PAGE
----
"Edinburgh's Leith Docks 1970-80: The Transition Years" by Malcolm Fife is a book that will delight all those who have visited modern Leith and wondered about the background to its redeveloped harbourside areas and the remaining port, which continues to flourish beyond the office developments, apartment blocks, shopping centres and warehouse conversion restaurants.
The author begins with a historical introduction that takes you from the last Ice Age to a major redevelopment of the port that began in 1966 and included the construction of a large sea lock to turn the harbour into a deep water port, followed by the port's role in servicing the subsequent North Sea oil boom. Also covered is the rise of Grangemouth Docks, at Leith's expense, partly offset by the steady increase in cruise ship traffic.
Most of the book comprises photographs taken by Malcolm Fife in the 1970s. All are printed in full colour and the story of their taking seems to be summed up in the book's dedication: "In memory of my father, Gordon Fife, who took me to Leith to watch the ships when I was young." Some of the photographs are of Leith Docks themselves, but the majority are of the ships that came and went. The book is divided into a series of chapters, each looking at a different class of ships, including coasters, reefers and livestock ships, oil tankers, container ships, tug boats, diving support vessels, heavy lift ships, cruise ships, and Royal Navy and NATO navies among others. Each chapter comes with an introduction, and each photograph, typically printed two or three to a page, comes with an explanatory caption, sometimes giving a potted biography of the ship depicted.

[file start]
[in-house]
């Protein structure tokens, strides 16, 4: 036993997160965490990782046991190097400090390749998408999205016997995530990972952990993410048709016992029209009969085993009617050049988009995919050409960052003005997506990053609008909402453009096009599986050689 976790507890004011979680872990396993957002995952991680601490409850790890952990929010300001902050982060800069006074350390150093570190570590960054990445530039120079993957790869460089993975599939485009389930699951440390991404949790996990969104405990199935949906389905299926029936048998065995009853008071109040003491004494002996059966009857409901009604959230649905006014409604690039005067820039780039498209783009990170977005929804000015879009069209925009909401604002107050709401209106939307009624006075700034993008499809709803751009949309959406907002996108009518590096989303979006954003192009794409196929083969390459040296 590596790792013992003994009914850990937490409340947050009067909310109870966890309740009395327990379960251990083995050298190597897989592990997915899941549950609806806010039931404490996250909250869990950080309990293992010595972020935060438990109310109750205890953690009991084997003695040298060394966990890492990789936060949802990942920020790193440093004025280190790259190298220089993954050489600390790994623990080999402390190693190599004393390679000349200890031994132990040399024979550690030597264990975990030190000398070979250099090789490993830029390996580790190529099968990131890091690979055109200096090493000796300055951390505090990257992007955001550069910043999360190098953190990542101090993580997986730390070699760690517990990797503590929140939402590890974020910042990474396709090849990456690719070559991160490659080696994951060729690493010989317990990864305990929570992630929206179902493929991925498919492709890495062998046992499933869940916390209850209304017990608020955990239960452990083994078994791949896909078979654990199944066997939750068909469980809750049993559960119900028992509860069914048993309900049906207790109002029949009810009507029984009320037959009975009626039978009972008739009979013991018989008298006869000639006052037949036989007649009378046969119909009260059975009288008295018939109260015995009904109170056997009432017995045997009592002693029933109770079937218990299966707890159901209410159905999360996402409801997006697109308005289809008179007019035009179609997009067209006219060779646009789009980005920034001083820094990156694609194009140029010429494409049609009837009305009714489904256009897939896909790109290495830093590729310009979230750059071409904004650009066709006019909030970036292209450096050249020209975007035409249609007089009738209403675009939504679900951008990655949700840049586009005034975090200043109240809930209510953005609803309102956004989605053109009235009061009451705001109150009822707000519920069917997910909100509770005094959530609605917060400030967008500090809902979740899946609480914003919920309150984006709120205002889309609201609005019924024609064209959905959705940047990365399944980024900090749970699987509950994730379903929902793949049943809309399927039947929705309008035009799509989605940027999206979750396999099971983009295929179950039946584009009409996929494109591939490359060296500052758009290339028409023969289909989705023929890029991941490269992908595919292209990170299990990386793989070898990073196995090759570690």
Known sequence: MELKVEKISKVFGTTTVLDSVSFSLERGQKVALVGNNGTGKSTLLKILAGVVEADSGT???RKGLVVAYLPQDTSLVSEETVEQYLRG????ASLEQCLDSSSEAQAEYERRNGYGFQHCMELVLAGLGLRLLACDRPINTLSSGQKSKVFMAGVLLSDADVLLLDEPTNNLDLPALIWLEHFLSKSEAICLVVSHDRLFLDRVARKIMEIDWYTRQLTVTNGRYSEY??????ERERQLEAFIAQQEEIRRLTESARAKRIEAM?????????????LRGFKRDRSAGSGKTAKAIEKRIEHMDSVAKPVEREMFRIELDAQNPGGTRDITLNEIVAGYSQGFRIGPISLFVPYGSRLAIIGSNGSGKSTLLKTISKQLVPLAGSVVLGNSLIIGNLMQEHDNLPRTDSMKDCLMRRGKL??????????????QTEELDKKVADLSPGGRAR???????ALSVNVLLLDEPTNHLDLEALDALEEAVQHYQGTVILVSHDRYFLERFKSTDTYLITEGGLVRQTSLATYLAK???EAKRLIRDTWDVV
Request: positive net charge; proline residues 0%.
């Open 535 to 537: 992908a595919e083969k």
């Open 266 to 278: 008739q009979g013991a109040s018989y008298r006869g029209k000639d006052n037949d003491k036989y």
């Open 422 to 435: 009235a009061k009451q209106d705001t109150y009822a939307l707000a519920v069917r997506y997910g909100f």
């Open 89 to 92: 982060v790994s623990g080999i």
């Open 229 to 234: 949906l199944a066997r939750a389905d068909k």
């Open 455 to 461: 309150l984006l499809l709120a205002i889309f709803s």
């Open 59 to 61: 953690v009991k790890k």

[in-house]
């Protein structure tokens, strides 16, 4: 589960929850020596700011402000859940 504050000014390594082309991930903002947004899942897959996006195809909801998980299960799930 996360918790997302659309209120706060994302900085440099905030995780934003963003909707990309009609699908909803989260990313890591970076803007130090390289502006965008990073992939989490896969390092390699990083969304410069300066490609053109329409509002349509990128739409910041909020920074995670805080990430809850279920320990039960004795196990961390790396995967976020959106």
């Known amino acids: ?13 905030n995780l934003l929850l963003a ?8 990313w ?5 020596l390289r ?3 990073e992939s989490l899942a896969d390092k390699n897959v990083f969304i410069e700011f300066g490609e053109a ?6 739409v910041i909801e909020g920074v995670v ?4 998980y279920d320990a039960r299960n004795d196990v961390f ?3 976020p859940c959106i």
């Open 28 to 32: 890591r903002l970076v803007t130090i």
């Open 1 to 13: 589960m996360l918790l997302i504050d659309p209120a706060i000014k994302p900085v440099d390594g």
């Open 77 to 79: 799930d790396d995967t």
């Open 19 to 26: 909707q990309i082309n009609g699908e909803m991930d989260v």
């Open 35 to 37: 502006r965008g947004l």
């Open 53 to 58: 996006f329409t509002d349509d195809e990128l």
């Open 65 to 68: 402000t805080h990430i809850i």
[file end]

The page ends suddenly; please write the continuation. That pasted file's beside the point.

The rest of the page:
The book concludes with a short section on Leith Docks in the twenty-first century which brings the story nicely up to date. There is a sense in which the book serves as a vehicle for one aspect of the author's photographic collection. The photographs of ships are excellent (you get the sense that Malcolm Fife's visits with his father to the docks were always sunny-day excursions) and it is the number of them, and their variety, that makes this a collection of wider and lasting interest. What we have here is a fascinating historical document of a particular moment - a decade - in time. Parts of the docks remain, but the world illustrated between the covers of this book has largely disappeared.